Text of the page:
Boy Scouts of America Sex Abuse Lawsuit |

In 2011, The Boy Scouts of America was sued by an Oregon man who alleged that he had been molested when he was a scout. The complaint also included allegations against the organization’s leadership for ignoring abuse claims and failing to protect minors from sexual predators in its ranks.

The “boy scout lawsuit settlement amounts” is a news article that discusses the Boy Scouts of America’s sex abuse lawsuits. The article states that the Boy Scouts of America has agreed to pay $100 million to settle these cases.

Boy Scouts of America Sex Abuse   Lawsuit |

The Boy Scouts of America (BSA) is designed to be a place where children may learn survival skills and the importance of working together. Boy Scout units, unfortunately, sometimes attract morally corrupt individuals who take advantage of their positions as scoutmasters to prey on youngsters.

Between 1965 and 1984, there were 1,247 BSA files relating to allegations of Scout molestation or sexual assault. These “perversion files” are ostensibly in place to prevent known abusers from committing these heinous acts again. According to the Los Angeles Times, the files and the BSA have failed far too frequently, putting the lives of young Boy Scouts at jeopardy.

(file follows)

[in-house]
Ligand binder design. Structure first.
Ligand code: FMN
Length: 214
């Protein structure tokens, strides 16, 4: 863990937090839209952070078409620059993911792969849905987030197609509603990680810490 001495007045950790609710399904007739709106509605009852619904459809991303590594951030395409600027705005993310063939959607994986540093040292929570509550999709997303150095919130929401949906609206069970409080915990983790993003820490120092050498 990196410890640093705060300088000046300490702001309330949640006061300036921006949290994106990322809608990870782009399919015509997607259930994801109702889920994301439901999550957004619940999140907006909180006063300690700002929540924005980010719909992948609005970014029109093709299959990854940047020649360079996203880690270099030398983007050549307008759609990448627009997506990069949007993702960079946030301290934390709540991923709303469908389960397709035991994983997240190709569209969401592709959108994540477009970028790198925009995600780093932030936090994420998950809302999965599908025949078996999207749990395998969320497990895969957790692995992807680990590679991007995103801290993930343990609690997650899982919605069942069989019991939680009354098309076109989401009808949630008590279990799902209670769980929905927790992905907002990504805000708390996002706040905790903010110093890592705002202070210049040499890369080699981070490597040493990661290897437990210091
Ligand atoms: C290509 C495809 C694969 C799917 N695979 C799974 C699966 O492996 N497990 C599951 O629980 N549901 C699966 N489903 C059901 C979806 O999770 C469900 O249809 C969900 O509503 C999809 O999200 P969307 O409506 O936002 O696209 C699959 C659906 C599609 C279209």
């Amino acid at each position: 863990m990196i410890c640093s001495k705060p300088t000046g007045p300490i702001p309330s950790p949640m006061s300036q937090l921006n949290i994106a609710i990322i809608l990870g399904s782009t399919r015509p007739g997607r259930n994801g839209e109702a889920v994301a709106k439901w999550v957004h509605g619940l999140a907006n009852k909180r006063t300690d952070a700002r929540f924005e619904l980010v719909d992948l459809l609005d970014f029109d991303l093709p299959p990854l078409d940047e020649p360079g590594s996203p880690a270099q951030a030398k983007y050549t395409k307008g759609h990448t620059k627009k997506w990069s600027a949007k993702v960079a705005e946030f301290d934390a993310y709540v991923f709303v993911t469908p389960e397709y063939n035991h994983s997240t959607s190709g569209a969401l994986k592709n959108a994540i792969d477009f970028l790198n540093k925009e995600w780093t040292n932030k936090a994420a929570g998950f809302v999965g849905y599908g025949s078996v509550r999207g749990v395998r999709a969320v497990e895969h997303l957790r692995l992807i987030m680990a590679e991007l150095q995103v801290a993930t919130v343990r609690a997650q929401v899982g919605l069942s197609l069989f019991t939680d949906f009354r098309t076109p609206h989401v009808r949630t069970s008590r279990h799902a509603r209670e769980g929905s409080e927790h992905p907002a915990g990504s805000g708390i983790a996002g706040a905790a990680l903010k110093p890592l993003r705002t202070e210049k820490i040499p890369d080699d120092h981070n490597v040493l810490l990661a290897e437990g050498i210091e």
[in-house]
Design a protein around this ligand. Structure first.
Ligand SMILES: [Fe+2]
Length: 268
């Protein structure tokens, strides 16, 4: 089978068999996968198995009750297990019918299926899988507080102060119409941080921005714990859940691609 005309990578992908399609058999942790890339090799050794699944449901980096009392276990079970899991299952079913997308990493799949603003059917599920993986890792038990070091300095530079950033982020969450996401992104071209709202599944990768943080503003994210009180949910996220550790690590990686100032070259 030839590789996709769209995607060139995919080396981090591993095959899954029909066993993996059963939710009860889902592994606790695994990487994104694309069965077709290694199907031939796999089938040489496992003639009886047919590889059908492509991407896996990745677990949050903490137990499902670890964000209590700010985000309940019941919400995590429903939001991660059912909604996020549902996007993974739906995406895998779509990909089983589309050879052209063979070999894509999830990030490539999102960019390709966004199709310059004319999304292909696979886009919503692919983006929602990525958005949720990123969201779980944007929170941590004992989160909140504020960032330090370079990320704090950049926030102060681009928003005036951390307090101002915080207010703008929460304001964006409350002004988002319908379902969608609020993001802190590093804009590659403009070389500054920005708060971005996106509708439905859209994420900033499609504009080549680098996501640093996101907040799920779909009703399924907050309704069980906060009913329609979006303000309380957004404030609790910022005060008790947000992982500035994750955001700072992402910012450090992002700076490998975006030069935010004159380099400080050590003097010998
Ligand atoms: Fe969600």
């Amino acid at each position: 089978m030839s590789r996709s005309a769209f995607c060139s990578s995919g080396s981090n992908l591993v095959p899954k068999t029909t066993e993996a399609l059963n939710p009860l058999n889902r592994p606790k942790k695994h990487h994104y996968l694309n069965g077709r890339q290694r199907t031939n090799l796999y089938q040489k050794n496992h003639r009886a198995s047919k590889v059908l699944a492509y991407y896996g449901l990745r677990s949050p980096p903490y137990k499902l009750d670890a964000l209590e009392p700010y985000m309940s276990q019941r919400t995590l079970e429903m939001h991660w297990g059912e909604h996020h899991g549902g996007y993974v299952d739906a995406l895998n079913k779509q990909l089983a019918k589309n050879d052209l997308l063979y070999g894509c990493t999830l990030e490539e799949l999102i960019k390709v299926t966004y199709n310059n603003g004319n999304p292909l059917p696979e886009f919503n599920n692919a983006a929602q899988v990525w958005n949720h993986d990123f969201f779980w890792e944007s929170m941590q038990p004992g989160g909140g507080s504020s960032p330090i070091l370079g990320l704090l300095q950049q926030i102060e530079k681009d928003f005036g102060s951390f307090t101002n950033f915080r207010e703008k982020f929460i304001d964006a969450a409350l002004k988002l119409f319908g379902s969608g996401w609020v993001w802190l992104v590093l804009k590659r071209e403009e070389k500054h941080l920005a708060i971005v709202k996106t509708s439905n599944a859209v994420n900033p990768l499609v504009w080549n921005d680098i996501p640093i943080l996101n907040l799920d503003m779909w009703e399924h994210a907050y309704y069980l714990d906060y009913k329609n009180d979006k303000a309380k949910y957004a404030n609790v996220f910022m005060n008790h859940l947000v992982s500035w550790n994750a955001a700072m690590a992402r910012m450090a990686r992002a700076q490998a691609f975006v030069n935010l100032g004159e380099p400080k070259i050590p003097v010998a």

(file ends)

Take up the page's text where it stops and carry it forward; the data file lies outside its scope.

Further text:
Our lawyers would want to assist you in seeking justice and compensation if you or a loved one was a victim of child sexual abuse while in the Boy Scouts. Our team is considering taking legal action against the BSA in circumstances where scoutmasters, volunteers, or staff have failed to prevent child abuse.

To find out how you can keep BSA responsible, contact us immediately.

Bankruptcy Poses a Risk to Full Justice

The Boy Scouts of America is contemplating filing for bankruptcy in order to avoid having to compensate sexual assault victims it failed to protect. 

On February 18, 2020, the BSA filed for bankruptcy in order to reorganize its nonprofit organization and reimburse sexual assault sufferers. As a result, victims’ chances of receiving any kind of compensation and justice may be limited.